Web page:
Notes on "Open Source: A Revolution in IT and Economics"
_I feel like I dropped the ball in terms of my participation in the Chicago 2002 protests and actions against the Trans Atlantic Business Dialogue. Respecting my family's objections, I didn't partake in the main protest in downtown Chicago on November 7, 2002, nor did I organize a protest of my own against a November 8 conference at the University of Chicago celebrating the 90th birthday of Milton Friedman. My meager involvement in the anti-TABD actions consisted of giving a workshop at the Alternative Economics Summit on the Open Source movement. I wrote up the following summary of my workshop._
(1) Basics of Open Source
Open Source refers to an approach towards intellectual products of creation, most commonly (but not exclusively) exemplified by computer software. (That's what the "source" in Open Source refers to: the source code of a computer program.) Open Source does not necessarily mean free from cost: open source products may be bought and sold. But roughly speaking there are two key characteristics of Open Source products that distinguish them from proprietary intellectual works:
One: Anyone is permitted to examine the workings, the guts of an Open Source product.
Two: Anyone is permitted to change or modify the guts of an Open Source product, on the condition that whatever changes that occur also become Open Source. (At least in the GNU Linux Open Source model. Other Open Source models may vary.)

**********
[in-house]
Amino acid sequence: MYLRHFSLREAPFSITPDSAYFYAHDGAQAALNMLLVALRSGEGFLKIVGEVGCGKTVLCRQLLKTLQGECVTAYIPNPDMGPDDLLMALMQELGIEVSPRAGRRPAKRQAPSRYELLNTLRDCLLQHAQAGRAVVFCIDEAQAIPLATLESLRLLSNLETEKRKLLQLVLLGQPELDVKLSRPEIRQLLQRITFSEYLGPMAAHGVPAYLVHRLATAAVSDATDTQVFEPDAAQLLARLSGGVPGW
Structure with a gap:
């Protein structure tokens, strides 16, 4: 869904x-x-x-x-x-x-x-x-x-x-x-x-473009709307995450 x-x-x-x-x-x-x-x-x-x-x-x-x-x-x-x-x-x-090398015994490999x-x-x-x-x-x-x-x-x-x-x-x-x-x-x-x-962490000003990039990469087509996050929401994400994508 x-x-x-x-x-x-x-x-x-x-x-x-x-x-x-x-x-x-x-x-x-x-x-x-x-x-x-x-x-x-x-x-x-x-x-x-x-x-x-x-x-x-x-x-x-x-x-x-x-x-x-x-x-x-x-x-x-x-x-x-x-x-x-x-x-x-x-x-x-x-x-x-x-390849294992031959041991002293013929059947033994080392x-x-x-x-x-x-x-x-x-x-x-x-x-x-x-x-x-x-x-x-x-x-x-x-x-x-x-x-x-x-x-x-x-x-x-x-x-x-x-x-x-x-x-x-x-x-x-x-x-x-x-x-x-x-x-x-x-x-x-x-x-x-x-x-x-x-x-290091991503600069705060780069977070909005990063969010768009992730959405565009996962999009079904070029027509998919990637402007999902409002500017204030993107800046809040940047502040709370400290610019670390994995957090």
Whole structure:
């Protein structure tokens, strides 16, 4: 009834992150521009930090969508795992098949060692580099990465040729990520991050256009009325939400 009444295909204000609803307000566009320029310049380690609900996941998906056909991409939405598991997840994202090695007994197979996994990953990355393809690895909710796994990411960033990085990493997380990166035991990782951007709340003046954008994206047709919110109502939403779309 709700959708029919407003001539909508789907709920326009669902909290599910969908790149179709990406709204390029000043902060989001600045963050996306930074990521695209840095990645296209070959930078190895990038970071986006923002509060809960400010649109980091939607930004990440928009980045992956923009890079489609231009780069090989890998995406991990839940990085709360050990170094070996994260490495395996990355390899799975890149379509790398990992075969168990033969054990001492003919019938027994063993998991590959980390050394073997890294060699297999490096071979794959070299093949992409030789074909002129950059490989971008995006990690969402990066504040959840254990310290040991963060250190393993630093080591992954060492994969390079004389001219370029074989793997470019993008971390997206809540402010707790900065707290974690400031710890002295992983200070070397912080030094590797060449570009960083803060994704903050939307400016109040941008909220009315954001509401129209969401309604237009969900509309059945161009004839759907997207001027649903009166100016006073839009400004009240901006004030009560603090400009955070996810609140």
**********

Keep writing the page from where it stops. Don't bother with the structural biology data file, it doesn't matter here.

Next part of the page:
These characteristics are guaranteed through a General Public License, which codifies the terms of Open Source.
For more information about Basics behind open source, look at:
(2) Open Source in computers
The Open Source movement really began with computers, and continues to make its most impact on the computer industry. Open Source reflects the ethos toward computing common in pioneering computer research during the 1960s and 1970s. The ethos was one of shared resources and shared work. Anyone could look at anyone else's code for furthering of learning, research, ideas. Plus there's the added advantage of peer review: you can discover and fix my mistakes, and I yours. It was this very openness which helped lay the foundation for such computer advances as the Internet.
Contrast this with the ethos of computers as a business. Any business, like oh say Microsoft, would naturally strive to maximize and privatize profits. The privatization aspect logically extends to privatization of intellectual products, the code in the case of computers, so that only those affiliated with a company can get at the code. This can give proprietary software a disadvantage, since the code can only benefit from a small set of company employees, working under a profit motive (which isn't necessarily the same as a performance motive).
One key player in the Open Source vs. Big Business arena with the Linux Operating System. Linux (pronouned LINN-icks) is named for Linus Torvalds, who in 1991 as a student at the University of Helsinki, wrote an operating system kernel and, in a bold move, made it Open Source. Since then, thanks to a decade of open peer review and open innovation, Linux has grown into a full fledged family of stable, productive operating systems. As one gauge of Linux's success: In 2001, RedHat Linux (a commercially sold type of Linux) accounted for some 24% of desktop systems sales (in contrast to Microsoft Windows' nearly 50% market share). Microsoft CEO Steve Ballmer has been quoted in the New York Times as describing Linux as a "cancer".